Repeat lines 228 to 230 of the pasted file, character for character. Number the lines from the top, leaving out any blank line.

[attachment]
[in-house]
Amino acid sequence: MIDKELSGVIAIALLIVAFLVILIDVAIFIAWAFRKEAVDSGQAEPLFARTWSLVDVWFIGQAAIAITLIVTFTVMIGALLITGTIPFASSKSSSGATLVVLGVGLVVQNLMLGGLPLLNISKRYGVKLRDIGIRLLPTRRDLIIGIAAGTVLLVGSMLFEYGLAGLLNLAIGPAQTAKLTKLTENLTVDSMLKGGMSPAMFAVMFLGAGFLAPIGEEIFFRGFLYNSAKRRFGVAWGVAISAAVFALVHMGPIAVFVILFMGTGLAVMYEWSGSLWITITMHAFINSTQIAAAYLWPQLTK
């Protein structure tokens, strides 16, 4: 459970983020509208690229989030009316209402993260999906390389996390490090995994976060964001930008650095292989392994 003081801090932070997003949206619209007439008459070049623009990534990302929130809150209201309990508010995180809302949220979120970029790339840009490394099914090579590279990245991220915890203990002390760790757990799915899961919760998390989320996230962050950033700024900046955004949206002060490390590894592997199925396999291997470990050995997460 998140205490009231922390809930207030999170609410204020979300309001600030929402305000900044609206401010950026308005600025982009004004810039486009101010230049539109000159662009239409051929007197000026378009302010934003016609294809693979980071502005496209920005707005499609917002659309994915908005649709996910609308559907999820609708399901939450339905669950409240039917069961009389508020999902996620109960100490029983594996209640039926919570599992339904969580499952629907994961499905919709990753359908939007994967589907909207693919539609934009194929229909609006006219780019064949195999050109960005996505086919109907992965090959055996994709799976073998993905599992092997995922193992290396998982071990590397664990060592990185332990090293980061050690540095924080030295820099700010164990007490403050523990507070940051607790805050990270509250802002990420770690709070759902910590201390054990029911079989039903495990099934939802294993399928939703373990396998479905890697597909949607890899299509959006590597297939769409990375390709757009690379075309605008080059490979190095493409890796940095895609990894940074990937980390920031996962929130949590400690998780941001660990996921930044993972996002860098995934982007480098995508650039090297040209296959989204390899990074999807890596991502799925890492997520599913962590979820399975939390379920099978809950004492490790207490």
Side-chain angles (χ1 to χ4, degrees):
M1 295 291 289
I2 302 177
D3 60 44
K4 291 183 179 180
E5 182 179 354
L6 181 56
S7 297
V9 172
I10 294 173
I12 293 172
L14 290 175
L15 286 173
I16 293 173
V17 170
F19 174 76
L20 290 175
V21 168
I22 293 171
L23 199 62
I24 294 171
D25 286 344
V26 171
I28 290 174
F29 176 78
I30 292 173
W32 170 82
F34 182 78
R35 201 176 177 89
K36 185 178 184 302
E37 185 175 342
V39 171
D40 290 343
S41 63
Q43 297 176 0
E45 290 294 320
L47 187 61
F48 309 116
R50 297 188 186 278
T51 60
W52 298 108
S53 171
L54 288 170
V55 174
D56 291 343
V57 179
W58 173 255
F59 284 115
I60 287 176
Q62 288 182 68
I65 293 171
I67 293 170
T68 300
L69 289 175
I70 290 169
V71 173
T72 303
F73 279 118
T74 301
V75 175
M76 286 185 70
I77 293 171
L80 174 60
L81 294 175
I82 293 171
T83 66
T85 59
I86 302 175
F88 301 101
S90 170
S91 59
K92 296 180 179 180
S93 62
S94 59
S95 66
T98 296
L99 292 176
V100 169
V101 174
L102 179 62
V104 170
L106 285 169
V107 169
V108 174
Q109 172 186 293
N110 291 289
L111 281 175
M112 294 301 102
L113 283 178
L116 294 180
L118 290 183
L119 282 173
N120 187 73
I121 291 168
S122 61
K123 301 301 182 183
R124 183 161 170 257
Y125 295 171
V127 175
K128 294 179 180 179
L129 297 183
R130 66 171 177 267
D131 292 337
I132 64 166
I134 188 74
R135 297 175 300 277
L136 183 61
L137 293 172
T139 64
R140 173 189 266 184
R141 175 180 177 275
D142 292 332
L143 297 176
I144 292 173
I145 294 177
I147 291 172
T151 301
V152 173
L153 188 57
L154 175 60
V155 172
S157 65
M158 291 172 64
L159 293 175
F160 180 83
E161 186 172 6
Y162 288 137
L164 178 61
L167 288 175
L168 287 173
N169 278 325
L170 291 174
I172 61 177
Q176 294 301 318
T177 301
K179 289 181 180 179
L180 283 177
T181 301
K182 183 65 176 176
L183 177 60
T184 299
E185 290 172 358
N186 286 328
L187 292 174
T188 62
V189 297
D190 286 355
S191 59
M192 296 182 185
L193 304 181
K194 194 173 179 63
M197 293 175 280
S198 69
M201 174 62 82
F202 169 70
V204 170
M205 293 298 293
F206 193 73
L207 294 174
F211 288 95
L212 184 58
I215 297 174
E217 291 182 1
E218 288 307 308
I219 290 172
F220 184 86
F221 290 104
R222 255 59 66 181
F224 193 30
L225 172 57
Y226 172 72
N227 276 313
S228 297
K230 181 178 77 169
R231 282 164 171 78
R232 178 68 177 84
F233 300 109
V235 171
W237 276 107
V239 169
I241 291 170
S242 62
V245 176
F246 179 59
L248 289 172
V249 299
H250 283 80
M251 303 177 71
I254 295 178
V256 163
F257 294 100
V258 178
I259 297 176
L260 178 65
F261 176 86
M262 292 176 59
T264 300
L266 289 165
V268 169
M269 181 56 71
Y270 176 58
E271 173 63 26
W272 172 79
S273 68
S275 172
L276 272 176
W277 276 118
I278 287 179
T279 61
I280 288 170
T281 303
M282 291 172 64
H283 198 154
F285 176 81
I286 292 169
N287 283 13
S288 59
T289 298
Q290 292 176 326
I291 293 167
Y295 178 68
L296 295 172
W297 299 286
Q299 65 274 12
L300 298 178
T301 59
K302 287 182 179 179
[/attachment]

L300 298 178
T301 59
K302 287 182 179 179